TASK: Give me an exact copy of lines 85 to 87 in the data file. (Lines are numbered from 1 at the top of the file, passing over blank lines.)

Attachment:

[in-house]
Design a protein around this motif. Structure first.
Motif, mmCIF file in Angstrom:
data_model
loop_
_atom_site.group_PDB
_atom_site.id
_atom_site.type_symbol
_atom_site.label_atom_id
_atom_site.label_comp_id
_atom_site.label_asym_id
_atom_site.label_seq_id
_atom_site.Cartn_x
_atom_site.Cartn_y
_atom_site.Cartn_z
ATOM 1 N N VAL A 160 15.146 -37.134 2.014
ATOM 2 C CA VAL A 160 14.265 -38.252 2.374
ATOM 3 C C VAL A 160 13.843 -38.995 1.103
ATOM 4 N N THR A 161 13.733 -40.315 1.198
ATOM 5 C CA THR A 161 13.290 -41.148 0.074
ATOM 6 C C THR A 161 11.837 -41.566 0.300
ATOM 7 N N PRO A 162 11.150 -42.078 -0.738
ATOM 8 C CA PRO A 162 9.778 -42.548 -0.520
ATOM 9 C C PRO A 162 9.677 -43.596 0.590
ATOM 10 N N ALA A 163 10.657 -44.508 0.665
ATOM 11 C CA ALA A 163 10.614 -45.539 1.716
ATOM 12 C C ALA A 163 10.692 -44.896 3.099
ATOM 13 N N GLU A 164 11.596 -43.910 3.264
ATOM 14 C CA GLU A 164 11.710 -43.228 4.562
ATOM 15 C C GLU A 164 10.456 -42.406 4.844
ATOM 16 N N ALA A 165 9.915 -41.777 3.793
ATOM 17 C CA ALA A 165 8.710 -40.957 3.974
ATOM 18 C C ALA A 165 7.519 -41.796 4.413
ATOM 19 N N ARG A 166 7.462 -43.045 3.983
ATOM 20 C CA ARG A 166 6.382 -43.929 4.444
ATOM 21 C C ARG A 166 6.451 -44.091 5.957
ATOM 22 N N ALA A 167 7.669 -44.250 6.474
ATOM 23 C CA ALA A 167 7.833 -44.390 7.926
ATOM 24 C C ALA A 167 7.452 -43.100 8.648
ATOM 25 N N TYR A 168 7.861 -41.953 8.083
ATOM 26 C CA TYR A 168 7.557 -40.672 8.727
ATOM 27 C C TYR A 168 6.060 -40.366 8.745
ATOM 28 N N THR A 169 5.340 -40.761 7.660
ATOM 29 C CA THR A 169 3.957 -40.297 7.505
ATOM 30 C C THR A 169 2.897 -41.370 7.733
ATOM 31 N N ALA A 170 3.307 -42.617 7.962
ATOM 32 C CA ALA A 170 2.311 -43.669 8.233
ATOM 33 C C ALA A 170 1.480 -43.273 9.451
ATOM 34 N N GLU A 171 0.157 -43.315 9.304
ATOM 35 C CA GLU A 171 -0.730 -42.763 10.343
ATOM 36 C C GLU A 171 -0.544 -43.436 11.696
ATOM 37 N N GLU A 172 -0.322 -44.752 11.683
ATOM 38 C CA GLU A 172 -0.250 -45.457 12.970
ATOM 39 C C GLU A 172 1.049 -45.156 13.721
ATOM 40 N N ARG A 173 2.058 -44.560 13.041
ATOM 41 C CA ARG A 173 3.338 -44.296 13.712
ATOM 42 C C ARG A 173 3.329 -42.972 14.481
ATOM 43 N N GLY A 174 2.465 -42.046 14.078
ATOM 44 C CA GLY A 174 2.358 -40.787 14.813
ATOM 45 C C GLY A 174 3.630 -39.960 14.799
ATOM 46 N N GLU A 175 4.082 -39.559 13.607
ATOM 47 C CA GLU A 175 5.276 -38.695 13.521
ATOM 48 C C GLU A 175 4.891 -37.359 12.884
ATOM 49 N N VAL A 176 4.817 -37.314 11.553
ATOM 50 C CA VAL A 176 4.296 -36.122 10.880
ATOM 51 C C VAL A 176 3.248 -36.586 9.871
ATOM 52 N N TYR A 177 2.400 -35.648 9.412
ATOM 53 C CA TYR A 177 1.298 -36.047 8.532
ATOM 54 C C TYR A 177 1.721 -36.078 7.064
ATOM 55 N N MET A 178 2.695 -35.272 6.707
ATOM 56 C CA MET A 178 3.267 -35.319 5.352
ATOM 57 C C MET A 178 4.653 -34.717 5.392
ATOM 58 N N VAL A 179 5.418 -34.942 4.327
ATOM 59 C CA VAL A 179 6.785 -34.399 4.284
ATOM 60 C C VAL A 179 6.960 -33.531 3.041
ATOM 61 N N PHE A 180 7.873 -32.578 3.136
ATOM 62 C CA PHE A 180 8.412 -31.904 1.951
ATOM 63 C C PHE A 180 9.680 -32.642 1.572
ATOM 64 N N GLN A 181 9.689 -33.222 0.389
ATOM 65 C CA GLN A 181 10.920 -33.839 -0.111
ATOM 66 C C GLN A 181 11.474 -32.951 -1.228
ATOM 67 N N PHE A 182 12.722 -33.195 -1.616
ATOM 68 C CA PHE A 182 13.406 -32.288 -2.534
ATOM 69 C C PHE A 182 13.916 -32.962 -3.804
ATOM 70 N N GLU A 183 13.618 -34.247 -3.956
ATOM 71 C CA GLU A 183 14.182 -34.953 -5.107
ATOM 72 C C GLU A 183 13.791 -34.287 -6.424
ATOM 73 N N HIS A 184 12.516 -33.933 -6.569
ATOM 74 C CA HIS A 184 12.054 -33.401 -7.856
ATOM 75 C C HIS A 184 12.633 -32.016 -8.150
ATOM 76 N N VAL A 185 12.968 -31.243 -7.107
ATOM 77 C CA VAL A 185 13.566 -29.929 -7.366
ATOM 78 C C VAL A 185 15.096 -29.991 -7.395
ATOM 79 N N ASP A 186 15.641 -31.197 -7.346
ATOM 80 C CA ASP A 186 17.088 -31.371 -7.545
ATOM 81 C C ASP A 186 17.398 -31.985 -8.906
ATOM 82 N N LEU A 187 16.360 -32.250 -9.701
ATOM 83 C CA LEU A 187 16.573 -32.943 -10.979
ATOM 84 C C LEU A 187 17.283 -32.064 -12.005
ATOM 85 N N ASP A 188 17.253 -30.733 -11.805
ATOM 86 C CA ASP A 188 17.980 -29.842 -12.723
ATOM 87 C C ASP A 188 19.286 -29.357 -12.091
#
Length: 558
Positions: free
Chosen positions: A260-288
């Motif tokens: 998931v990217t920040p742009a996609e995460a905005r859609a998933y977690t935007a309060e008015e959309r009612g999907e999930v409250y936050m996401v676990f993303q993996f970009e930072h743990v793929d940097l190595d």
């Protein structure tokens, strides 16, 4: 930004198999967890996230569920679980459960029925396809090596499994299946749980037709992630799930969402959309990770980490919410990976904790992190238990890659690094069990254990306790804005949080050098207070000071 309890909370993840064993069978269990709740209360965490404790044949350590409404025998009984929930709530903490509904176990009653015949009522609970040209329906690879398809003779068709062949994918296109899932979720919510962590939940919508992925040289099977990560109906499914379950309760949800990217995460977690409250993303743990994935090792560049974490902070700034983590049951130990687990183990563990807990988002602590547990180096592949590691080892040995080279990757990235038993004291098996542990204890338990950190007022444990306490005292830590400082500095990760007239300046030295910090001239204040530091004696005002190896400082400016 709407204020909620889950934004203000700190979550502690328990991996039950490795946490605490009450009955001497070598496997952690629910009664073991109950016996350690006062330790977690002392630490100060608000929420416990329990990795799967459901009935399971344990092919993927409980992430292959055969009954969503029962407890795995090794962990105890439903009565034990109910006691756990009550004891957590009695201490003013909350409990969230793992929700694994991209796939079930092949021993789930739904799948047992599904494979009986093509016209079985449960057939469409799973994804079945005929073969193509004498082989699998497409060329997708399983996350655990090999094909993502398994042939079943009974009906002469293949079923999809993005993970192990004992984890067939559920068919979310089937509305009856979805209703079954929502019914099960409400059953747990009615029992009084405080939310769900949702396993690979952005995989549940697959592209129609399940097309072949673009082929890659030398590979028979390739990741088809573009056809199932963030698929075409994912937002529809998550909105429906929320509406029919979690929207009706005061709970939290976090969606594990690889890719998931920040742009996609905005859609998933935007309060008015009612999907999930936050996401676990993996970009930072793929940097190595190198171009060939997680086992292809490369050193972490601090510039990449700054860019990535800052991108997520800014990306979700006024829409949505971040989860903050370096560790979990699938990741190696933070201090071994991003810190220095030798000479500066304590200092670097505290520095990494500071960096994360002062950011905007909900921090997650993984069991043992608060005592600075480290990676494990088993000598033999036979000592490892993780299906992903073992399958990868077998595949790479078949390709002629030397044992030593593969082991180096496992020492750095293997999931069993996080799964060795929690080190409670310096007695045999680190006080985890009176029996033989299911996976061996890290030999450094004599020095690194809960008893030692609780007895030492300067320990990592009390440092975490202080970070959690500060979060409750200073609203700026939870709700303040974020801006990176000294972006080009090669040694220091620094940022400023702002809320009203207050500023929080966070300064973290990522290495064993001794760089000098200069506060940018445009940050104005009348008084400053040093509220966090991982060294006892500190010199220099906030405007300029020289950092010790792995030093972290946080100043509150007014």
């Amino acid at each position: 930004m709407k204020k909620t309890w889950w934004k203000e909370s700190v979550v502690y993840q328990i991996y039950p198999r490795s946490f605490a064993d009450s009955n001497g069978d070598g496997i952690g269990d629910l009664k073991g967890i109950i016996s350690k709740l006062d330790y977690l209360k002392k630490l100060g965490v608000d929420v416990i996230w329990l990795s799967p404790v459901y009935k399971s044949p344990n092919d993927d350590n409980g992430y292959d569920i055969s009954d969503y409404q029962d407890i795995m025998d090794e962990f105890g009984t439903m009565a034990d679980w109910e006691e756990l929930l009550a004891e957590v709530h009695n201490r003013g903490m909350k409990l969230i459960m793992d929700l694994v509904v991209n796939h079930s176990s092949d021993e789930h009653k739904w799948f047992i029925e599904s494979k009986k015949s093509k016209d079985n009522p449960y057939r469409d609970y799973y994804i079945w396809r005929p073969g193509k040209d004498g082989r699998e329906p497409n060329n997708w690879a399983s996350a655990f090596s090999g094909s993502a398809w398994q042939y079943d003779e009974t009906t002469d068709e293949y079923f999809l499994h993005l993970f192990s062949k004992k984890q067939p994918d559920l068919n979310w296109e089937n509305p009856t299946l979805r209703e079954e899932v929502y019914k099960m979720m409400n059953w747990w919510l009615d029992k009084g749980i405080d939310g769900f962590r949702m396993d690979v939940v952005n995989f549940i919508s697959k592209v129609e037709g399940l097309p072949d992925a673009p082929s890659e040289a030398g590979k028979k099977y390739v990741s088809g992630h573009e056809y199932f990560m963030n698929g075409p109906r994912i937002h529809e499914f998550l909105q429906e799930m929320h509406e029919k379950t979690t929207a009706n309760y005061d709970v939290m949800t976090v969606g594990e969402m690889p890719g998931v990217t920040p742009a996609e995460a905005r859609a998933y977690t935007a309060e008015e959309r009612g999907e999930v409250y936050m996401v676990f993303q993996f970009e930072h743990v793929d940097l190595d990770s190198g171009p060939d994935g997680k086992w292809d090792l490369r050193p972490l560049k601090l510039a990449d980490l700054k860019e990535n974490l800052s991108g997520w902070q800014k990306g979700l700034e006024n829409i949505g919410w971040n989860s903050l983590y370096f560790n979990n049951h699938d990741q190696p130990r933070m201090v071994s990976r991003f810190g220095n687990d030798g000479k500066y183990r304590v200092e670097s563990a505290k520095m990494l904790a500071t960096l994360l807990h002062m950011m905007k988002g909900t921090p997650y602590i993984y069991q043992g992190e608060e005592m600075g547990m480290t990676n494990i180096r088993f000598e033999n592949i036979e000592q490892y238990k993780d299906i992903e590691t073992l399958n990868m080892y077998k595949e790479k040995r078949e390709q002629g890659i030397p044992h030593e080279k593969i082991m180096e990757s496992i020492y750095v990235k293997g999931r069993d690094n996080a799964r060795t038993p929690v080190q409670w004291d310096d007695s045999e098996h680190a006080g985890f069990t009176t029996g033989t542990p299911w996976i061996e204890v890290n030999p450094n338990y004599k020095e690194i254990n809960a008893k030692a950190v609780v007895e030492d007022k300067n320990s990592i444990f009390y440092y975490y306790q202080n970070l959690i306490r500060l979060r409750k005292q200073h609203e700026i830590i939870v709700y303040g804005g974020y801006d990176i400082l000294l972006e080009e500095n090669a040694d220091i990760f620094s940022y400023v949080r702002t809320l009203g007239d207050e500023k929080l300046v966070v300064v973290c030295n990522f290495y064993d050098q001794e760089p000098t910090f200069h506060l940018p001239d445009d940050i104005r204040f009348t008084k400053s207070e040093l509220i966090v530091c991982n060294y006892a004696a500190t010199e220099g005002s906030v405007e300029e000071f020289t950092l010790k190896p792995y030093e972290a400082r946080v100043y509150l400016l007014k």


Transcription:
ATOM 70 N N GLU A 183 13.618 -34.247 -3.956
ATOM 71 C CA GLU A 183 14.182 -34.953 -5.107
ATOM 72 C C GLU A 183 13.791 -34.287 -6.424